Celebrating the city’s rich history

Christopher Boudreaux
October 30, 2008
Robert "Bob" Gobeil
November 3, 2008

Despite the Tri-parish area being hit by two major storms this year, the Thibodeauxville Fall Festival is sure to attract hundreds of folks for a free family-fun event that showcases historic downtown.

“With the economy being the way it is and money being so tight after the storms people want a place where they can go on the weekend that is fun and doesn’t cost a lot of money,” said festival chairwoman Rhonda Dempster.



The festival showcases historic downtown Thibodaux. Luckily, downtown businesses received only minor damages to their facades and were back in business with no delays.



Keeping with a 16-year tradition, Thibodeauxville is always held the second weekend in November. This year, it’s on Nov. 8 from 8:30 a.m. to 5 p.m.

The Thibodaux Chamber of Commerce took over hosting the event 13 years ago, shortly after the festival’s founder, the North Lafourche Revitalization District, disbanded.



The spelling “Thibodeauxville” comes from the original spelling of the city’s name, which excluded the “e”. When the community was settled in the 18th century.



It was incorporated as a town in 1830 under the name Thibodauxville, in honor of Henry Schuyler Thibodaux, a local plantation owner and acting Louisiana governor in 1824. The name changed to Thibodeaux in 1838. However, the current spelling of the city was officially adopted in 1918.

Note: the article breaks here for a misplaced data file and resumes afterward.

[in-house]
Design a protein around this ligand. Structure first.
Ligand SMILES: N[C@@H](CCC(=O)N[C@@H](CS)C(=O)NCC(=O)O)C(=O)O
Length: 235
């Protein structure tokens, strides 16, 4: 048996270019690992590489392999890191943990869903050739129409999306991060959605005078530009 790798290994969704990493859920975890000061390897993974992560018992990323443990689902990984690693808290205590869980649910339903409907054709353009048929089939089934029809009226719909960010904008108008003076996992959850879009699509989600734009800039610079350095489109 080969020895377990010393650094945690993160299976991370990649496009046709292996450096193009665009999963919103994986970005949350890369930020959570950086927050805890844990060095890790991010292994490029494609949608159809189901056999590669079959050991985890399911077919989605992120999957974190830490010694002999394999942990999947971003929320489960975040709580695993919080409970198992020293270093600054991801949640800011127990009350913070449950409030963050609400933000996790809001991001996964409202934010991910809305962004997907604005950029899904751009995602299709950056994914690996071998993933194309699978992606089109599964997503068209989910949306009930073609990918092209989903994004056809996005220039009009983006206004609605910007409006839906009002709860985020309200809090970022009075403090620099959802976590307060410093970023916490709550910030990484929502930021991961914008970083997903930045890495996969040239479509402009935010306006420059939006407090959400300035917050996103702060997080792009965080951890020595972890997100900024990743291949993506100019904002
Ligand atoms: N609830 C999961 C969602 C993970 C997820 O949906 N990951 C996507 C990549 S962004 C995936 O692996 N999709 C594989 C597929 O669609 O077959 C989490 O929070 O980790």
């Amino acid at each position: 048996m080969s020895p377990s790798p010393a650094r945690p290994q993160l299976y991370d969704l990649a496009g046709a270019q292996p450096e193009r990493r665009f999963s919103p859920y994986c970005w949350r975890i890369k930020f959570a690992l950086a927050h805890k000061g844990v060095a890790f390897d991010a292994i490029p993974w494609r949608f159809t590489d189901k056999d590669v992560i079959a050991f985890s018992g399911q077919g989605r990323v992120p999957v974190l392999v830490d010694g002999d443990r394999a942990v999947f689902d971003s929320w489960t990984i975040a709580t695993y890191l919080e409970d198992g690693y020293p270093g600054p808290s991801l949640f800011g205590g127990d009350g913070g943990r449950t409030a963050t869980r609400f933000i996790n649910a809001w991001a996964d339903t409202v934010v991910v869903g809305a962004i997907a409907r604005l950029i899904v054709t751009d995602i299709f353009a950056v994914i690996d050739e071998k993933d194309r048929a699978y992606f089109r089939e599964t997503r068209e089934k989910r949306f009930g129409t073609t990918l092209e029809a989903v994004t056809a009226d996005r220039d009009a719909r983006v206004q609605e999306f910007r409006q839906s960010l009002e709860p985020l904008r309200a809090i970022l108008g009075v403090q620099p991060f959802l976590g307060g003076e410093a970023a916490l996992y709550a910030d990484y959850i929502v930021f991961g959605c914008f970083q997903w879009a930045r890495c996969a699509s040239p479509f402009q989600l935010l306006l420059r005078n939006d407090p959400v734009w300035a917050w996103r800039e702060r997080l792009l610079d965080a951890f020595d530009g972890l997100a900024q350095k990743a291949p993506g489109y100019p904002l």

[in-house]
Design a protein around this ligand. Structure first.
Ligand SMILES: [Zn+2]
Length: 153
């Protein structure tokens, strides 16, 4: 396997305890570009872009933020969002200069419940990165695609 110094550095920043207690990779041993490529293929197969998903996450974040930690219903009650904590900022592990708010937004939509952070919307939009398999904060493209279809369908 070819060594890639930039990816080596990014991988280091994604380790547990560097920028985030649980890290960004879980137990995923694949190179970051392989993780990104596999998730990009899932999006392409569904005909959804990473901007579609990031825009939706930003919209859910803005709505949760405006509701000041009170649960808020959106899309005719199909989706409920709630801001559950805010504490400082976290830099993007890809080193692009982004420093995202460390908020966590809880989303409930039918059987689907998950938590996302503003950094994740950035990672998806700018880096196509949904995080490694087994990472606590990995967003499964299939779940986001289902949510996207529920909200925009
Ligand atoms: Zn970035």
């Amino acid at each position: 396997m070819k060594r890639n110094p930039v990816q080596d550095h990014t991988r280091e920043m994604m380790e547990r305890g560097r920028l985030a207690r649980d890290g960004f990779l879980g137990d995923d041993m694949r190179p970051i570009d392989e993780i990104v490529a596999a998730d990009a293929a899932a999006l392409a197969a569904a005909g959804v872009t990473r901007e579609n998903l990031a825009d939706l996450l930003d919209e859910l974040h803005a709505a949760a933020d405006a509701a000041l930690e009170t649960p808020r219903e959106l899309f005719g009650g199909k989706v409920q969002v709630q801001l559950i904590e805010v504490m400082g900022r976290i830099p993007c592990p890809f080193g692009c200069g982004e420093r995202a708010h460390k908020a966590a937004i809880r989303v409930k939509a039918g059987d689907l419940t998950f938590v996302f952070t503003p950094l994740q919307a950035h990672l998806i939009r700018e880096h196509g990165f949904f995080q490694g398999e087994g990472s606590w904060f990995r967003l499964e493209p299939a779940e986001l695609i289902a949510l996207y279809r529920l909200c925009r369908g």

The reason behind starting the festival was to attract people to a part of Thibodaux that was diminishing right before their eyes, the downtown area. The festival would be filled with live music, an abundance of Cajun/Creole food, crafts and fun for everyone, young and old.



“It was almost like the citizens had deserted the downtown area. There were a few shops that were still open but their clientele was small,” Dempster said. “But as Thibodeauxville has taken form, we have watched the downtown area come alive again.”

The family-fun event grew from a small collection of booths on 3rd Street to nearly 140 booths expanding over 2nd, 3rd and 4th streets. Since last year, more businesses have opened in the downtown area, which will offer more attractions for visitors to see.

In recent years, Thibodaux Main Street Inc. began awarding façade grants to business owners to spruce up their building fronts to make the businesses more presentable to the public.

Another way the festival sparks interest in downtown is that is reminds people of their history and heritage.

“The Two Centuries of Thibodaux” exhibited, a slide show presentation, debuted at the Courthouse Annex last year. This year, it will be exhibited at Fremin’s Restaurant, 503 West 2nd Street.

The presentation is a direct result of Lafourche Parish celebrating its 200th anniversary last year. During the preparation for the bicentennial, historians collected information about Thibodaux.

Dempster said Chamber members Janice Lasseigne and Martha Hodnett helped with the celebration. In turn, they came up with the idea to have a slide show of Thibodaux history for all to see.

“A lot of people don’t remember much about Thibodaux’s historical background,” she said. “So we wanted to take the opportunity to give them a refresher course.”

For more information, contact the Thibodaux Chamber of Commerce at (985) 446-1187.